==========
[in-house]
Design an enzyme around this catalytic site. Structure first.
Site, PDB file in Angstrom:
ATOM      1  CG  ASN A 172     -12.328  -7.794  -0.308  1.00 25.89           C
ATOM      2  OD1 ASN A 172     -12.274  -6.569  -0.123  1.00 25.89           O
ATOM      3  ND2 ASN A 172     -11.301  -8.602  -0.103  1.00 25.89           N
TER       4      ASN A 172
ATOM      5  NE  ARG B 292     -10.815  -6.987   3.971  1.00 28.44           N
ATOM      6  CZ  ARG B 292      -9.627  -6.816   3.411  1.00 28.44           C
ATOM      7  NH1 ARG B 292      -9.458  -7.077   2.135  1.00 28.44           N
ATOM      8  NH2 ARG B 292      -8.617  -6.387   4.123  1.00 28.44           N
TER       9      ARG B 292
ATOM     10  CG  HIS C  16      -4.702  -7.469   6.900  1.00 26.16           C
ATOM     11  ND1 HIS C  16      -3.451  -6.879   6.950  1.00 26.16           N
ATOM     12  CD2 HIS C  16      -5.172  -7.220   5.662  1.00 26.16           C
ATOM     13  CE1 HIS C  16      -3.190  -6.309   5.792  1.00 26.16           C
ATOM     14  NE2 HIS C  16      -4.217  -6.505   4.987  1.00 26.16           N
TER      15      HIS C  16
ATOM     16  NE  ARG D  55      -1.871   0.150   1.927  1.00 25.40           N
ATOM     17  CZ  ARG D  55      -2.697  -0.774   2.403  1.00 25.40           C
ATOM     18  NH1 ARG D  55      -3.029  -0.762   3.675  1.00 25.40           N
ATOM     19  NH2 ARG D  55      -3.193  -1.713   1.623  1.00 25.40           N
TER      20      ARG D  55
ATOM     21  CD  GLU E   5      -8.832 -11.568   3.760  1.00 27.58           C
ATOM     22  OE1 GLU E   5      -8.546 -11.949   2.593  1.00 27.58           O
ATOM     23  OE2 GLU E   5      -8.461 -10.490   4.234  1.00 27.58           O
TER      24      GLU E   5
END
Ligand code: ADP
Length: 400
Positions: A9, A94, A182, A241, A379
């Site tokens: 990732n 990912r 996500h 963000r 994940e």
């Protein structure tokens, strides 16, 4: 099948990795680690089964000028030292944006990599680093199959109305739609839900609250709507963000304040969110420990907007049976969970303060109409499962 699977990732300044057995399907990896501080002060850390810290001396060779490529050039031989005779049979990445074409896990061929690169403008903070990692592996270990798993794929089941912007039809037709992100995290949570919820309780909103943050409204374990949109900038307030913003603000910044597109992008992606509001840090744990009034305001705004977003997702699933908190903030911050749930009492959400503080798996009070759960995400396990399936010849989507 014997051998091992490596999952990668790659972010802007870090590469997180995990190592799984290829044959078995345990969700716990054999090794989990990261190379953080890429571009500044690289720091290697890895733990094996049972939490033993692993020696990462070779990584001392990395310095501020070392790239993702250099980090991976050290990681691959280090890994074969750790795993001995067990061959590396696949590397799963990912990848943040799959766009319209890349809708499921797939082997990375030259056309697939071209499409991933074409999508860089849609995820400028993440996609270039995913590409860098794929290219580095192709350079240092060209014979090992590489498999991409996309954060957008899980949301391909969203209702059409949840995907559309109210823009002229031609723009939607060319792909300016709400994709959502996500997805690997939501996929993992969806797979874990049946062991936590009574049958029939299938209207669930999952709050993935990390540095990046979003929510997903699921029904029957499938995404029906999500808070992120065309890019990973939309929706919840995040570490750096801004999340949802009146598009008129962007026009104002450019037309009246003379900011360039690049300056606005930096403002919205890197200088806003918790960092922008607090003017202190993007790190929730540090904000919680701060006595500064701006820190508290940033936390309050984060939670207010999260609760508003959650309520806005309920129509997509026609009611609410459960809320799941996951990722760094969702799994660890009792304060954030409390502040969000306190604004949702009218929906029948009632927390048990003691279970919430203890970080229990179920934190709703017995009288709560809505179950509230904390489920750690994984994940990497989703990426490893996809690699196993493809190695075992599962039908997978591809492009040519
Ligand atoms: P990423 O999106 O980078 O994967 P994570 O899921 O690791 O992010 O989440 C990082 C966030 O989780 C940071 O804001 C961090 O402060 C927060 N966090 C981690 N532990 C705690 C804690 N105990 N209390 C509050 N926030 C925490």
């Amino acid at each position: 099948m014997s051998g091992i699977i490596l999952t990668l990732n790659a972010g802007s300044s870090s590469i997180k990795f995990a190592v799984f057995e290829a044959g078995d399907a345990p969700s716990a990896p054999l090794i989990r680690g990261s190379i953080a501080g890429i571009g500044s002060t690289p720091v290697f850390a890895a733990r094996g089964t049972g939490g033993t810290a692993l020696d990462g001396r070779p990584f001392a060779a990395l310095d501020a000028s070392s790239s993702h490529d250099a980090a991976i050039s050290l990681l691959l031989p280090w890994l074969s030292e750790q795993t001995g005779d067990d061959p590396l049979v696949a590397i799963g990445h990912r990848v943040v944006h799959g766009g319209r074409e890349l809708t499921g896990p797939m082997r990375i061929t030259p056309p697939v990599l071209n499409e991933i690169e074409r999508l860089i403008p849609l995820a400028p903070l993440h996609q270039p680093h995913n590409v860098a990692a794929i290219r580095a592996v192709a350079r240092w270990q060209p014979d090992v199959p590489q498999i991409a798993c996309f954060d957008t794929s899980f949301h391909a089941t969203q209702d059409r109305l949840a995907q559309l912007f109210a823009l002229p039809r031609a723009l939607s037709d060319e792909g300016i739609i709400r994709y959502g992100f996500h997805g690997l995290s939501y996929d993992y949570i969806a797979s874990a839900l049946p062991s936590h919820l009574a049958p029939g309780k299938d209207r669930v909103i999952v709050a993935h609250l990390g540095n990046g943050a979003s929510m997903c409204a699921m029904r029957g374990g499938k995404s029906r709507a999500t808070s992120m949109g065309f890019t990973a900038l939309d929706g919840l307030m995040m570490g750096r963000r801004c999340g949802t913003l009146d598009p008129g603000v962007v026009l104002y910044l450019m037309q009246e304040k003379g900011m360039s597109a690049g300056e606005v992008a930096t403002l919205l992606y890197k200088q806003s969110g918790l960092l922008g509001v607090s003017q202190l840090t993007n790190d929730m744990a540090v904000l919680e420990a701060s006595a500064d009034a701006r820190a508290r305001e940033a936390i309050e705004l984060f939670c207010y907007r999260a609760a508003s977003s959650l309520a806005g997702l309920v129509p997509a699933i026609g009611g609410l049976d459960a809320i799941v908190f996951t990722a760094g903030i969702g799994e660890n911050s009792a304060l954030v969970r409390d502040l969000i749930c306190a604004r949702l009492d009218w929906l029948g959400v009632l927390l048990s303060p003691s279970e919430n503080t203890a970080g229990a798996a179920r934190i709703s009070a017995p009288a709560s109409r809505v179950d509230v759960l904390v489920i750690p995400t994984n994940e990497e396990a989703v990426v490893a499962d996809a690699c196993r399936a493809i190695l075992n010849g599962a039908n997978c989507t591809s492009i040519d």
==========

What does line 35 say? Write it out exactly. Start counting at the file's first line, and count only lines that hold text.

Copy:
């Amino acid at each position: 099948m014997s051998g091992i699977i490596l999952t990668l990732n790659a972010g802007s300044s870090s590469i997180k990795f995990a190592v799984f057995e290829a044959g078995d399907a345990p969700s716990a990896p054999l090794i989990r680690g990261s190379i953080a501080g890429i571009g500044s002060t690289p720091v290697f850390a890895a733990r094996g089964t049972g939490g033993t810290a692993l020696d990462g001396r070779p990584f001392a060779a990395l310095d501020a000028s070392s790239s993702h490529d250099a980090a991976i050039s050290l990681l691959l031989p280090w890994l074969s030292e750790q795993t001995g005779d067990d061959p590396l049979v696949a590397i799963g990445h990912r990848v943040v944006h799959g766009g319209r074409e890349l809708t499921g896990p797939m082997r990375i061929t030259p056309p697939v990599l071209n499409e991933i690169e074409r999508l860089i403008p849609l995820a400028p903070l993440h996609q270039p680093h995913n590409v860098a990692a794929i290219r580095a592996v192709a350079r240092w270990q060209p014979d090992v199959p590489q498999i991409a798993c996309f954060d957008t794929s899980f949301h391909a089941t969203q209702d059409r109305l949840a995907q559309l912007f109210a823009l002229p039809r031609a723009l939607s037709d060319e792909g300016i739609i709400r994709y959502g992100f996500h997805g690997l995290s939501y996929d993992y949570i969806a797979s874990a839900l049946p062991s936590h919820l009574a049958p029939g309780k299938d209207r669930v909103i999952v709050a993935h609250l990390g540095n990046g943050a979003s929510m997903c409204a699921m029904r029957g374990g499938k995404s029906r709507a999500t808070s992120m949109g065309f890019t990973a900038l939309d929706g919840l307030m995040m570490g750096r963000r801004c999340g949802t913003l009146d598009p008129g603000v962007v026009l104002y910044l450019m037309q009246e304040k003379g900011m360039s597109a690049g300056e606005v992008a930096t403002l919205l992606y890197k200088q806003s969110g918790l960092l922008g509001v607090s003017q202190l840090t993007n790190d929730m744990a540090v904000l919680e420990a701060s006595a500064d009034a701006r820190a508290r305001e940033a936390i309050e705004l984060f939670c207010y907007r999260a609760a508003s977003s959650l309520a806005g997702l309920v129509p997509a699933i026609g009611g609410l049976d459960a809320i799941v908190f996951t990722a760094g903030i969702g799994e660890n911050s009792a304060l954030v969970r409390d502040l969000i749930c306190a604004r949702l009492d009218w929906l029948g959400v009632l927390l048990s303060p003691s279970e919430n503080t203890a970080g229990a798996a179920r934190i709703s009070a017995p009288a709560s109409r809505v179950d509230v759960l904390v489920i750690p995400t994984n994940e990497e396990a989703v990426v490893a499962d996809a690699c196993r399936a493809i190695l075992n010849g599962a039908n997978c989507t591809s492009i040519d």